This is a difficult one to answer. RHEL and CentOS at least used to ship an RT kernel. I don’t know that Fedora ever did, but there was a 3rd party repo called PlanetCCRMA that I believe was out of Stanford that used to publish RT kernels for Fedora, but I don’t believe it’s active anymore. That said, the Linux kernel has changed a lot in recent years with scheduling such that some of the reasons for the RT kernel are no longer an issue for the mainline one. Between Fedora IoT and the new wireplumber stuff that can handle JACK, I suggest trying your stuff on the current standard Fedora kernel as you might be surprised at how well it does for RT use cases out of box now.
That said, you can also compile your own kernel for Fedora with PREEMPT. Here’s the guide to how to build a custom kernel. Just layer in the rpms from the output.
While PlanetCCRMA’s homepage is outdated, it looks like they have f36 packages. Of course, use it at your own risk. I have no idea how well it’s maintained anymore since the last version they explicit supported was Fedora 30. Building your own kernel might be more sane, honestly.
Be careful with this page. It has not been maintained for years. The commits that have happened in the recent years were only formatting without updating content. The “secure boot” section seems to be the newest one but it is still 3 years old (the other parts are even older). Likewise 3 years ago, this page and some others were marked for “review needed”. It is still marked as such: see the adoc file (4th line) and the readme. Unfortunately, the Quick Docs are not in a good condition atm and you have to be careful with them.
A review is welcomed if you verified the content and the processes on this page. See the readme for more information about how to do the review. At the moment, it is marked the way it is because no one did review or update its content for a long time. And this can prove dangerous in some pages, which is why it should not be automatically considered that everything is fine until it breaks the system of a user. This is why I warn. Currently, the Docs team has no time to focus on the Quick Docs content because we have to work on the release and other Docs, and on finding some (interim) solutions for the open issues. And even for that our time is not sufficient. As far as I know, our work on the Quick Docs is currently limited to move them from Pagure to GitLab (this is likely to happen soon). But I’m not involved in that process.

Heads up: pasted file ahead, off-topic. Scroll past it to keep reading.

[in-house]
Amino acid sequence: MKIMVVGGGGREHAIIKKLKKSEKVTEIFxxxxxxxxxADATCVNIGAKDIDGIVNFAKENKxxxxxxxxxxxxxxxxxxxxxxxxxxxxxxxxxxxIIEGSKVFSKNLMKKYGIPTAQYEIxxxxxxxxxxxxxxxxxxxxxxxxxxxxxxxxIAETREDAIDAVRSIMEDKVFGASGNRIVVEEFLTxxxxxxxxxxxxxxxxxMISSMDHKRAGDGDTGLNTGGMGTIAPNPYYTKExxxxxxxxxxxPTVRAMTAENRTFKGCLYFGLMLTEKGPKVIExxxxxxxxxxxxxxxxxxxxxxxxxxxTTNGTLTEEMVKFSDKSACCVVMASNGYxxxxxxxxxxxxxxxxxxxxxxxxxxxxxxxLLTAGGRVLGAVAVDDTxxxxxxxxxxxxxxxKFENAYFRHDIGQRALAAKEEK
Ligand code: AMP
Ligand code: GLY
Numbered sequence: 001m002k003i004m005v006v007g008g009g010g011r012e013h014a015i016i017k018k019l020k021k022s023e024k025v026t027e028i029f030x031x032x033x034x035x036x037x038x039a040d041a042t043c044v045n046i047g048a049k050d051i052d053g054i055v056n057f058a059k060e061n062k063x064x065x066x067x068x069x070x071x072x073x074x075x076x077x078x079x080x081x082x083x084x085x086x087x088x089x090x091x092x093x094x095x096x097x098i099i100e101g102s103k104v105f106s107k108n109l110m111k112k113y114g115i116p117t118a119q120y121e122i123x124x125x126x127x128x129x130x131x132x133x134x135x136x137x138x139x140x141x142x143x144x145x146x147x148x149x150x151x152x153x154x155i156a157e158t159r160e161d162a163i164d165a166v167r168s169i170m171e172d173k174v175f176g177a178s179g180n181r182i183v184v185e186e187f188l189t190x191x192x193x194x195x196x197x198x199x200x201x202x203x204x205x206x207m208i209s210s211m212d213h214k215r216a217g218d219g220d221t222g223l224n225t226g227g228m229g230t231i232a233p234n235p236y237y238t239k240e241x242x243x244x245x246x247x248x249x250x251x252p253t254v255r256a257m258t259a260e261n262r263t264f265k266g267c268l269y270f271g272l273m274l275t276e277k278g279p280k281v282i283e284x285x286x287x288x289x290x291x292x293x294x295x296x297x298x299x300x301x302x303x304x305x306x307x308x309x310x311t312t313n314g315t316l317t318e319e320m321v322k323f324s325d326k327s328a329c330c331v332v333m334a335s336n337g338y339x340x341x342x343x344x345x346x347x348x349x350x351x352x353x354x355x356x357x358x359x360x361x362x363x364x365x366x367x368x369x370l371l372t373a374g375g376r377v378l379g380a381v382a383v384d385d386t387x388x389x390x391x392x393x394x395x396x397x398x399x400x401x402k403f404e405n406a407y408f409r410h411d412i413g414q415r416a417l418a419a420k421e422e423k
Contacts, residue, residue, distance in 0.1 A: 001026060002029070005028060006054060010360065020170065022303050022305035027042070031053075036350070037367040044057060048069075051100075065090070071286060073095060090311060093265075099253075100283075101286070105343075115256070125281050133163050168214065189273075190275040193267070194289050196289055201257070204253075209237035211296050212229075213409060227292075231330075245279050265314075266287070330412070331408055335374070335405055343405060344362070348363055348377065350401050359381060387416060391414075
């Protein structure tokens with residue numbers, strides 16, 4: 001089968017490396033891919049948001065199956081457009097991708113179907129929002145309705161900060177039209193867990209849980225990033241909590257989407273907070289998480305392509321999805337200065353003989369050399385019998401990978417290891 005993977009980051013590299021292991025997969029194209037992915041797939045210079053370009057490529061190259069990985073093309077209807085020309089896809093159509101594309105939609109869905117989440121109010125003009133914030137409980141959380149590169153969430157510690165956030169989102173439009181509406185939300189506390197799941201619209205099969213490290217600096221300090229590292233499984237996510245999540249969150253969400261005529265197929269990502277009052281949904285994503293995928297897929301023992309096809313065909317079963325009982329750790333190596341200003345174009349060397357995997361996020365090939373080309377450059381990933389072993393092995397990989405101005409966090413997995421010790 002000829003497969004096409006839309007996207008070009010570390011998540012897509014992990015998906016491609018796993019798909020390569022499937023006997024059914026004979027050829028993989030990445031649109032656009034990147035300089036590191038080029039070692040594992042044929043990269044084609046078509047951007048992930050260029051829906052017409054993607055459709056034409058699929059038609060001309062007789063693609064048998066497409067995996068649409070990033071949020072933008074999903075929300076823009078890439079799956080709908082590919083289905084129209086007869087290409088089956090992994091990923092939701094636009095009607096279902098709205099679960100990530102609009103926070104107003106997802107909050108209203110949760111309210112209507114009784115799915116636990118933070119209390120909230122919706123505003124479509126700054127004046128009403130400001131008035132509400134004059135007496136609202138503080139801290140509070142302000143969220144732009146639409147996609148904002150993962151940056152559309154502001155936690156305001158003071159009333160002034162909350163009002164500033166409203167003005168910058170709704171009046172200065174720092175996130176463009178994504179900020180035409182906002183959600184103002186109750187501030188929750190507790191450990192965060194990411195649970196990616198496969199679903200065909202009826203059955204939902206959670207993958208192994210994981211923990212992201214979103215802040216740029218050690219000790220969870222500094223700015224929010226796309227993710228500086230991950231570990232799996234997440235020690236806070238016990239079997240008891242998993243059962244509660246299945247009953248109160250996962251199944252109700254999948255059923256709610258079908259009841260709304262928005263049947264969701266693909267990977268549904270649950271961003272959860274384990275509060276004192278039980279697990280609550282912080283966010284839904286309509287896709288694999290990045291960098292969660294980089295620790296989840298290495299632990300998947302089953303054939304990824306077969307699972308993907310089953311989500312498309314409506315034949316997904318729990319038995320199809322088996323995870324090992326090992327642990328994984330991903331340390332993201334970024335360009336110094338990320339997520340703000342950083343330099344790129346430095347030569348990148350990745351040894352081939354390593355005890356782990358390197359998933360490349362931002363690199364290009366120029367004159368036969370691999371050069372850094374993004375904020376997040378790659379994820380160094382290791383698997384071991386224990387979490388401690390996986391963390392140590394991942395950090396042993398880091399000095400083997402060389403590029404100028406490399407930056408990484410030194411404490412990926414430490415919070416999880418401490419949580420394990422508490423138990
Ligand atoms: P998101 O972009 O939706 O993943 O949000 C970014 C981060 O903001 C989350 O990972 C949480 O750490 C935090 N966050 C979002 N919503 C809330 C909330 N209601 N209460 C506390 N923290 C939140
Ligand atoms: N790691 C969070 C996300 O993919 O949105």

As member of the Docs team: we have much more pages to update than we can. That our little team does updates, reviews and corrections on all the pages that are consolidated at docs does not work out. My focus is currently on the Install Guide, and maybe to find a solution for “critical Docs” to get separated from those we can no longer maintain. Concerning the Quick Docs, it has to be seen how and where they develop (and how to maintain them on the longer term). This is the reason why I, on the other side, not feel well currently in encouraging people to put efforts in them until the issues have been clarified. You see, it is a more complicated issue
If you compare the Quick Docs to a package, it could be said that they are orphaned: this does not mean that everything inside is wrong but that we do no longer know what is still valid and what not (or even dangerous). And therefore, we do not actively encourage to use them atm.
But to avoid misunderstandings: your point is a valid one! The limited external interactions, contributions and inputs are major issues - or a symptom of it (depending on the perspective ). There is not just the way of being full member of Docs or “user only”, but also the “casual contribution” in between.
In that case, I will defer to you one this one . I used to contribute by editing back when it was on wiki and I helped with the old Sys Admin guide draft (like 10+ years ago), but I sadly haven’t been in the docs game lately.
All that to say, I don’t want to hijack this topic, so maybe we can followup elsewhere. As for the OP, these specific steps in this sections should be enough to get started in the right direction. This is the method I generally use (replacing f28 with f36).
Sorry guys for not replying for a sizeable amount of time.
However, when I see all this stuff above I decided to stick to my regular kernel I’m a newbie and will probably mess things up. That paired with the desire to try this if there are any benefits, convinced me to leave my system as it is.